Travel with the spirit of building nation-to-nation relationships

Friday, June 21st, 2019 9:00am


Image Caption

Sarain Fox


With a similar colonial history, Australia and Canada have a lot in common. Our Indigenous communities were targeted with the same genocidal systems. Our people were removed from the land, our cultures were dismantled, our people were disenfranchised, and our babies were taken.
By Sarain Fox
Partner of The TreadRight Foundation
Ambassador to the Manitobah Mukluks Storyboot School
Sarain Fox helped to launch a new arts program in Australia.

I just returned from a two-week-long trip to Australia. The TreadRight Foundation, in partnership with the KARI Foundation, invited me to Sydney to help them launch a cross-cultural sustainability program.

The goal of the project is to help keep Aboriginal cultures alive in urban environments and to share that culture with visitors.

As an Anishinaabekwe visiting Aboriginal territory in another country, I was immediately struck by the similarities of our protocols and worldviews. The first thing the youth leaders from KARI did was welcome me with a proper “welcome to country” (the traditional way people are welcomed between neighbouring territories). The process involved contextualizing the land, the people, the animals and plants around us and then water was blown on my head for safe travels. I sat for a smoking ceremony, similar to smudging, and shared a song.

I didn’t hesitate to accept the invitation for this trip because I’ve seen the type of work that the TreadRight Foundation, a not-for-profit organization created as a joint initiative between The Travel Corporation’s family of brands, is doing first-hand to make travel matter by safeguarding three key pillars: people, wildlife and planet.

It’s their ‘People’ pillar, and the various projects under that banner that directly work with and affect Indigenous communities around the world, that I’ve had the honour of witnessing in real life. One such project that’s near and dear to my heart is hosted right at home, in downtown Toronto, where we have built a similar program in partnership with Indigenous-owned footwear brand Manitobah Mukluks and the Bata Shoe Museum called the Manitobah Mukluks Storyboot School.

The idea behind the school is to keep the traditional art of mukluk making alive and to share that cultural knowledge with the world. Most visitors to Canada typically don’t interact with Indigenous people, even though there is a huge desire to. This program offers an Indigenous-led, authentic way to connect with the local cultures. I went to Australia, excited to share the success of this program and to learn more about the work they wanted to do in their communities.

With a similar colonial history, Australia and Canada have a lot in common. Our Indigenous communities were targeted with the same genocidal systems. Our people were removed from the land, our cultures were dismantled, our people were disenfranchised, and our babies were taken.

It’s no surprise that our communities now experience similar rates of suicide, poverty and a lack of access to cultural knowledge. The KARI Foundation is determined to build cultural pride from the ground up. They are a community organization that works with vulnerable people by providing essential services intertwined with cultural programming.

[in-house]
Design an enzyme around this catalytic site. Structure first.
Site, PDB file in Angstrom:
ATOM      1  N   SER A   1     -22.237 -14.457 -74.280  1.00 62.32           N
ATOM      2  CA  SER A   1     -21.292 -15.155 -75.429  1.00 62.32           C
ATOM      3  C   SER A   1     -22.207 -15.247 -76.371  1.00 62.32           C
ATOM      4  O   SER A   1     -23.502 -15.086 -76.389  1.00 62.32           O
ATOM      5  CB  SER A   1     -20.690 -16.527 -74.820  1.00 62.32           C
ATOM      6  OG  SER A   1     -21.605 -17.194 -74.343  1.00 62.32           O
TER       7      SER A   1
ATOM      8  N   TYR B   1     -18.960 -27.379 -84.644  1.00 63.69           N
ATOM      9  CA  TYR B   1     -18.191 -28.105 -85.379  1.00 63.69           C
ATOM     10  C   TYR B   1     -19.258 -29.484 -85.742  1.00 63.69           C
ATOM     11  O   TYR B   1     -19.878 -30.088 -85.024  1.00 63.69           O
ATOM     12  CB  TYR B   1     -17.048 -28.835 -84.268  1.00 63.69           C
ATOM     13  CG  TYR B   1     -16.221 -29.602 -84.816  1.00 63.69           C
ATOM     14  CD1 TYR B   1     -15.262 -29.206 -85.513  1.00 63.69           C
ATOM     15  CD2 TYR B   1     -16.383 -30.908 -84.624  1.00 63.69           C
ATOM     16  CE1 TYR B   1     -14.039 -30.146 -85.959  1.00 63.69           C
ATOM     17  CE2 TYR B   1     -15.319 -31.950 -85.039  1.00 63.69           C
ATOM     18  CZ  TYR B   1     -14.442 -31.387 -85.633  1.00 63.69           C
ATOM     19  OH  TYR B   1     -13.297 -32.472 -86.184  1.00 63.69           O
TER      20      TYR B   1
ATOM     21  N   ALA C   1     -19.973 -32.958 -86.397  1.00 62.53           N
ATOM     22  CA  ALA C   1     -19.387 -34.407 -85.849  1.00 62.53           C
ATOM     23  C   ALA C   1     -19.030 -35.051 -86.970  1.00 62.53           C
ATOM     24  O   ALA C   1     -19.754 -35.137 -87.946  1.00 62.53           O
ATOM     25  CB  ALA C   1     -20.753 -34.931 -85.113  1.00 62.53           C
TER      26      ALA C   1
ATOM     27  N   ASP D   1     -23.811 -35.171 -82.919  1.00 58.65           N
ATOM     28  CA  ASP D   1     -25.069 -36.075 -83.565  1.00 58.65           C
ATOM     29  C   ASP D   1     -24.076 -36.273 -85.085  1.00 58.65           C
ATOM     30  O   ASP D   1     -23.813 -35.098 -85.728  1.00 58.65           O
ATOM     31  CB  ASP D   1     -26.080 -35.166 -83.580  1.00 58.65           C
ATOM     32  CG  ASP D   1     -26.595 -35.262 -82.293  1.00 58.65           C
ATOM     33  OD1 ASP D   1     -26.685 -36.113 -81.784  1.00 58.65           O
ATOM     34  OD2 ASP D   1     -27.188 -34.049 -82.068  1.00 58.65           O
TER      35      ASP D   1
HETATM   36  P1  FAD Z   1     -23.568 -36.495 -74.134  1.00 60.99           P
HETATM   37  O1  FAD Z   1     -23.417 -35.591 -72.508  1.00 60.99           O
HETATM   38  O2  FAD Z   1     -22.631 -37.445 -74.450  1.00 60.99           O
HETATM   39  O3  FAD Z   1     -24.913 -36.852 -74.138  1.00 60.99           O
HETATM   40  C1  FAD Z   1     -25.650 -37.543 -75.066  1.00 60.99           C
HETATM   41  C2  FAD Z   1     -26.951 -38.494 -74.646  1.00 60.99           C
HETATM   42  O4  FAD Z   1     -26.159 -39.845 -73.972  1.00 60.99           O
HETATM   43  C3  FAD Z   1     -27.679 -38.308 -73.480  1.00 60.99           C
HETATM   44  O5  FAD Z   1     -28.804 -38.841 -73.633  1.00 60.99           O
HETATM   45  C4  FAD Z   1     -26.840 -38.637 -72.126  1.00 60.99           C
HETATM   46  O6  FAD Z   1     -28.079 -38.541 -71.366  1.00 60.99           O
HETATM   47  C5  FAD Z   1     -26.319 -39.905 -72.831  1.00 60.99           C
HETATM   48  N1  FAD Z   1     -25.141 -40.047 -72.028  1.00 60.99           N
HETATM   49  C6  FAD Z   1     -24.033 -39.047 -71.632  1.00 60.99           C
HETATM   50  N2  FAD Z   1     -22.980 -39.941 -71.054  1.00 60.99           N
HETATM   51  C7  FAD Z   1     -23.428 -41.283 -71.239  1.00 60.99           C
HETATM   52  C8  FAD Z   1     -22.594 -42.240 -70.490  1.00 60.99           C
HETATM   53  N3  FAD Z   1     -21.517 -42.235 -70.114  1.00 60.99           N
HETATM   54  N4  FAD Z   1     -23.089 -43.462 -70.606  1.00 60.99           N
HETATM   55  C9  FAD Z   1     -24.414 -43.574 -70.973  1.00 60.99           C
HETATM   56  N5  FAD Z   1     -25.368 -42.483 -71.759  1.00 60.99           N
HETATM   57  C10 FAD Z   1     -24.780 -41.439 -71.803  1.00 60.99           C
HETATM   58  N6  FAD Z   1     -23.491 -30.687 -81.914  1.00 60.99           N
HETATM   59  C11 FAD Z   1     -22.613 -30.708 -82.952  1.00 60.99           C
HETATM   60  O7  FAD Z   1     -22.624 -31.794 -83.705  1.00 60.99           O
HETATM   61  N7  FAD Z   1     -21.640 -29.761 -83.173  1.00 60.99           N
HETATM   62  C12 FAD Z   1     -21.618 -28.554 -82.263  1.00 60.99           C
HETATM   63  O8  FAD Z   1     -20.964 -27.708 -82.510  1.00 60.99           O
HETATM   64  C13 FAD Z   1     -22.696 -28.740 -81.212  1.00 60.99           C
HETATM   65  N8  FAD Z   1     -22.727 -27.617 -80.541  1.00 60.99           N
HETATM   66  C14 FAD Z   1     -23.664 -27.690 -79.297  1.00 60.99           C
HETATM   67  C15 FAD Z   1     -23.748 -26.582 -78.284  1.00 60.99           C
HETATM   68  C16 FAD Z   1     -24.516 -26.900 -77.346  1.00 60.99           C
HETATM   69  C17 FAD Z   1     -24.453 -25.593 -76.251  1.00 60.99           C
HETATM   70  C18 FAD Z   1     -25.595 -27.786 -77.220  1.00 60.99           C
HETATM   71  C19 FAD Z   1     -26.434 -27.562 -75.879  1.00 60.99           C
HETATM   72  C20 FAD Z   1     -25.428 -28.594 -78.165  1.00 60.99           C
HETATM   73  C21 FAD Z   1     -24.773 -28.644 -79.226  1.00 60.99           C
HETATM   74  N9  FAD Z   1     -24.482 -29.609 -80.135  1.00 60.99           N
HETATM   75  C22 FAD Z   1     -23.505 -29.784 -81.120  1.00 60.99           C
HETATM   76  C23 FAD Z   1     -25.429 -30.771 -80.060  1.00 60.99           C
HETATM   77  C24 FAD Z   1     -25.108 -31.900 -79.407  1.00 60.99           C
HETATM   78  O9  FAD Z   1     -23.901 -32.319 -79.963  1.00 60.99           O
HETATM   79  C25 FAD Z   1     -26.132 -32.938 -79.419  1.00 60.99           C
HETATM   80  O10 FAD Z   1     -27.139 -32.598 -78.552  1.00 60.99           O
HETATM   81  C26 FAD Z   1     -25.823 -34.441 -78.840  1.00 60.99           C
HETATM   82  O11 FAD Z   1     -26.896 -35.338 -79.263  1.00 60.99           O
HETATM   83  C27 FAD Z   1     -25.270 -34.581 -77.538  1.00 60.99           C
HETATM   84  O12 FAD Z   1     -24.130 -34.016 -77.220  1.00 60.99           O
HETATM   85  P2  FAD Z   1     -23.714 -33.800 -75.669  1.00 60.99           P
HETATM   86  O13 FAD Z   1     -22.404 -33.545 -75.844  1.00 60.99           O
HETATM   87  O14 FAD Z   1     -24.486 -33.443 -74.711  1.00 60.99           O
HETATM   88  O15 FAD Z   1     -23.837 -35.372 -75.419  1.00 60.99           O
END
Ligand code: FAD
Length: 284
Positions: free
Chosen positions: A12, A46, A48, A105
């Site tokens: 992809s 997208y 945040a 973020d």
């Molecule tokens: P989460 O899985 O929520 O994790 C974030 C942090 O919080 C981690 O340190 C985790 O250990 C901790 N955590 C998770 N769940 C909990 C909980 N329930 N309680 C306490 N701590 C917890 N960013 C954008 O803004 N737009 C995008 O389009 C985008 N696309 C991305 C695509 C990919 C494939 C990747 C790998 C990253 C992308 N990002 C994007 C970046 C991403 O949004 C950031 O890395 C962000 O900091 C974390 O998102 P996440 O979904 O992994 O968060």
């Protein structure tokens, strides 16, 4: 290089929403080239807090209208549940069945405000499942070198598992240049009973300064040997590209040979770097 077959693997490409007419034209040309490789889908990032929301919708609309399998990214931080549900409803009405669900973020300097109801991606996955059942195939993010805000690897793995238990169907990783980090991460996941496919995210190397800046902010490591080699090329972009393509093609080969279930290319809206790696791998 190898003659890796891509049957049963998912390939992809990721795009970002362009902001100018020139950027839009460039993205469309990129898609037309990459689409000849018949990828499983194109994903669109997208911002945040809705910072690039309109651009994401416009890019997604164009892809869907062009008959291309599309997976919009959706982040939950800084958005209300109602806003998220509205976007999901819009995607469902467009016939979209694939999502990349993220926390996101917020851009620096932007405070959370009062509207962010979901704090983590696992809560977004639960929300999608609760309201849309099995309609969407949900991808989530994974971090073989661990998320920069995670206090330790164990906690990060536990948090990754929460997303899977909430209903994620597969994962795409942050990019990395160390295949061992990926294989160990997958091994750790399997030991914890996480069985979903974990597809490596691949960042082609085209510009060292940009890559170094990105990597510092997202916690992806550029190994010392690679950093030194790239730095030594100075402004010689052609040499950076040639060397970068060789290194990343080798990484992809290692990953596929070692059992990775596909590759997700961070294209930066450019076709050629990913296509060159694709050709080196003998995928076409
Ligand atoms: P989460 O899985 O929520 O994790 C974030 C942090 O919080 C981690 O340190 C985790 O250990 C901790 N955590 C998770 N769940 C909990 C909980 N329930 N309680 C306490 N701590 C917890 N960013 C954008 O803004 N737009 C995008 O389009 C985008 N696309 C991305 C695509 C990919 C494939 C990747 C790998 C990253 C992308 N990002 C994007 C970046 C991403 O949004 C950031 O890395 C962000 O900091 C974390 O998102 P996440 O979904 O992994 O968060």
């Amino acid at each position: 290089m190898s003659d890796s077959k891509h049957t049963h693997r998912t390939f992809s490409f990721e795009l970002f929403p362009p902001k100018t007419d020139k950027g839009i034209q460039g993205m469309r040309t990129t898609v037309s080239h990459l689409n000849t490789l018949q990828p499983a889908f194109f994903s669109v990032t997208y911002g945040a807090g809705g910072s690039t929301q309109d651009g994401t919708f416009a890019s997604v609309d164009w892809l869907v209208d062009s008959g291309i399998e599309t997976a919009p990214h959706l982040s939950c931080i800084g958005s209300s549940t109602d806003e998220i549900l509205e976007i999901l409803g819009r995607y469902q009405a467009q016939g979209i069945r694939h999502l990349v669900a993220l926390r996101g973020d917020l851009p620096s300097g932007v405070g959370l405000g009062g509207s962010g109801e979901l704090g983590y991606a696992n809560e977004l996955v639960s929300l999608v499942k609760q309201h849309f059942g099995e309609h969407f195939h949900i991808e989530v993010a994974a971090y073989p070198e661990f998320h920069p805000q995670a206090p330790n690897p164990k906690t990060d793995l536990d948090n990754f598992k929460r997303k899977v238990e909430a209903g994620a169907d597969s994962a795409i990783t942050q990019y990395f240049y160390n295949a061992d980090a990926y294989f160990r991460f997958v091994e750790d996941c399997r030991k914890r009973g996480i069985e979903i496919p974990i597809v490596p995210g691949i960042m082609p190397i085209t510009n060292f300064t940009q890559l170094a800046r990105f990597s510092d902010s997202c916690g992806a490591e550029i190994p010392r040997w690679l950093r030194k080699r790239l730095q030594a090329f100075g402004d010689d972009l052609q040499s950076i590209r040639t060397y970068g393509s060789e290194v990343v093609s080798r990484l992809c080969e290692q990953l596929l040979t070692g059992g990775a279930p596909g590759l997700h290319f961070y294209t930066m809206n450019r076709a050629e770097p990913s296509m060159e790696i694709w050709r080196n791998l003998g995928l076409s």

Similar to what is happening here at home, they are also contributing towards cultural resilience in Australia. By engaging with and utilizing the power of Indigenous arts and tradition, we are filling a cultural void that has long been left vacant by government. The rematriation of Indigenous knowledge, whether it’s from my own Anishinaabe culture or that of the Gadigal people of Sydney, is leading our communities back to their cultures, arts and languages. This partnership will allow for community-directed programing that also connects non-Aboriginal travellers to unique and authentic experiences.

It serves as the perfect model of “making travel matter” by offering travellers a chance to learn about Indigenous world views while keeping traditional arts alive. Bead by bead, dot by dot Indigenous people around the world are being inspired to reclaim who they are and share it with the world.

I was inspired to see Aboriginal youth in Australia bring song, dance, art and stories to the community – it reminded me of what we are witnessing in Canada – empowered to share their culture with visitors. In my view, that is precisely what travel and interacting with local communities is all about. When you connect human to human, you allow for true 'nation-to-nation' building.

Most importantly, the project will support Aboriginal communities in Sydney by offering them an opportunity for economic self-determination as the grant provided by The TreadRight Foundation will provide employment for KARI staff and artisans. 

It’s amazing to see this program take off in Australia – rolling out first with Contiki, the youth adventure travel brand, on their East Coast Australian adventures that visit Sydney – knowing it was modelled after the Manitobah Mukluks Storyboot School in Toronto, following its continued popularity among Indigenous and settler students alike.

With a commitment to encouraging the cultures, traditions and arts of the communities they visit, the TreadRight Foundation is really walking-the-walk by partnering with Indigenous businesses and organizations to build authentic travel experiences. I hope this inspires a new generation of travellers to do the same when they travel abroad; to learn about the cultures that have existed there for thousands of years and connect with them in a real way. It’s time we truly #MakeTravelMatter.